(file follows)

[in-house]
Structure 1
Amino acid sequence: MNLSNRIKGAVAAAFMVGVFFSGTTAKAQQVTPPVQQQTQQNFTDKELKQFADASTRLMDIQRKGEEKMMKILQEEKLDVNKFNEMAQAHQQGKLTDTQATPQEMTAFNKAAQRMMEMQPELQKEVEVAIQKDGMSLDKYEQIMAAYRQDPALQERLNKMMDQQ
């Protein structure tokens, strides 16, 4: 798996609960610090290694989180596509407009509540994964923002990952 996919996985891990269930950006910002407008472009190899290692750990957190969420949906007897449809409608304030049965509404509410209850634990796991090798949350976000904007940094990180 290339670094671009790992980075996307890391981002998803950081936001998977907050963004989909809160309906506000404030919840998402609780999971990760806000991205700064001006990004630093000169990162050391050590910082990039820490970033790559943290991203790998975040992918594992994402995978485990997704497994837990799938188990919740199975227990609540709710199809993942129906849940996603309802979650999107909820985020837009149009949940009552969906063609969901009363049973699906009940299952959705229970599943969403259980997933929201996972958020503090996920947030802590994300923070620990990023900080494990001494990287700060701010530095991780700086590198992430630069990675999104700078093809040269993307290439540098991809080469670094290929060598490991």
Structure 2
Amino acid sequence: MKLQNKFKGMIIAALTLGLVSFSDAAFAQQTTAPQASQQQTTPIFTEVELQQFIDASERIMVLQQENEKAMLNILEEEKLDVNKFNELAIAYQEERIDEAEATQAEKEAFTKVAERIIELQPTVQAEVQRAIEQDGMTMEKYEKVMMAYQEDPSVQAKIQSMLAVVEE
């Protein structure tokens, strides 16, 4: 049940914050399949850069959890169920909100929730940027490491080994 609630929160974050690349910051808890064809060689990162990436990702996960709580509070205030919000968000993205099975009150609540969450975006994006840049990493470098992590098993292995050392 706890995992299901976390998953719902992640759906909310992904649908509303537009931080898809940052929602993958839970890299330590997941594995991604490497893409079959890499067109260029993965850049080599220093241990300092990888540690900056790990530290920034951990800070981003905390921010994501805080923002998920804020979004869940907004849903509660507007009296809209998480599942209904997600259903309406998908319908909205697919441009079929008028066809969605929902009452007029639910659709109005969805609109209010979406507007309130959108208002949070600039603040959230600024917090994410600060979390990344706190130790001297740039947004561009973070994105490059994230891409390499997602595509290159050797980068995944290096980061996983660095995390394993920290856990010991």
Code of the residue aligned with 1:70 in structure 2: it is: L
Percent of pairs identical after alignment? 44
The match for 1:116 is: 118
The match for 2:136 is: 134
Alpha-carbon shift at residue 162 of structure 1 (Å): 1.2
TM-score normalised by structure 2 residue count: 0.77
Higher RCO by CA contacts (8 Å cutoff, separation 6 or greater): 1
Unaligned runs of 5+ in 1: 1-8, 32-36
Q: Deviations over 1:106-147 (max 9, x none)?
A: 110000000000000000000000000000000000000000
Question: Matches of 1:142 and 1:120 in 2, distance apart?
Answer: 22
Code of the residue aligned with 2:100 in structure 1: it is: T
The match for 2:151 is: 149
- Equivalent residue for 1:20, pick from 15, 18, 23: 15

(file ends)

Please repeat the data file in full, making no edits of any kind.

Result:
[in-house]
Structure 1
Amino acid sequence: MNLSNRIKGAVAAAFMVGVFFSGTTAKAQQVTPPVQQQTQQNFTDKELKQFADASTRLMDIQRKGEEKMMKILQEEKLDVNKFNEMAQAHQQGKLTDTQATPQEMTAFNKAAQRMMEMQPELQKEVEVAIQKDGMSLDKYEQIMAAYRQDPALQERLNKMMDQQ
């Protein structure tokens, strides 16, 4: 798996609960610090290694989180596509407009509540994964923002990952 996919996985891990269930950006910002407008472009190899290692750990957190969420949906007897449809409608304030049965509404509410209850634990796991090798949350976000904007940094990180 290339670094671009790992980075996307890391981002998803950081936001998977907050963004989909809160309906506000404030919840998402609780999971990760806000991205700064001006990004630093000169990162050391050590910082990039820490970033790559943290991203790998975040992918594992994402995978485990997704497994837990799938188990919740199975227990609540709710199809993942129906849940996603309802979650999107909820985020837009149009949940009552969906063609969901009363049973699906009940299952959705229970599943969403259980997933929201996972958020503090996920947030802590994300923070620990990023900080494990001494990287700060701010530095991780700086590198992430630069990675999104700078093809040269993307290439540098991809080469670094290929060598490991």
Structure 2
Amino acid sequence: MKLQNKFKGMIIAALTLGLVSFSDAAFAQQTTAPQASQQQTTPIFTEVELQQFIDASERIMVLQQENEKAMLNILEEEKLDVNKFNELAIAYQEERIDEAEATQAEKEAFTKVAERIIELQPTVQAEVQRAIEQDGMTMEKYEKVMMAYQEDPSVQAKIQSMLAVVEE
């Protein structure tokens, strides 16, 4: 049940914050399949850069959890169920909100929730940027490491080994 609630929160974050690349910051808890064809060689990162990436990702996960709580509070205030919000968000993205099975009150609540969450975006994006840049990493470098992590098993292995050392 706890995992299901976390998953719902992640759906909310992904649908509303537009931080898809940052929602993958839970890299330590997941594995991604490497893409079959890499067109260029993965850049080599220093241990300092990888540690900056790990530290920034951990800070981003905390921010994501805080923002998920804020979004869940907004849903509660507007009296809209998480599942209904997600259903309406998908319908909205697919441009079929008028066809969605929902009452007029639910659709109005969805609109209010979406507007309130959108208002949070600039603040959230600024917090994410600060979390990344706190130790001297740039947004561009973070994105490059994230891409390499997602595509290159050797980068995944290096980061996983660095995390394993920290856990010991």
Code of the residue aligned with 1:70 in structure 2: it is: L
Percent of pairs identical after alignment? 44
The match for 1:116 is: 118
The match for 2:136 is: 134
Alpha-carbon shift at residue 162 of structure 1 (Å): 1.2
TM-score normalised by structure 2 residue count: 0.77
Higher RCO by CA contacts (8 Å cutoff, separation 6 or greater): 1
Unaligned runs of 5+ in 1: 1-8, 32-36
Q: Deviations over 1:106-147 (max 9, x none)?
A: 110000000000000000000000000000000000000000
Question: Matches of 1:142 and 1:120 in 2, distance apart?
Answer: 22
Code of the residue aligned with 2:100 in structure 1: it is: T
The match for 2:151 is: 149
- Equivalent residue for 1:20, pick from 15, 18, 23: 15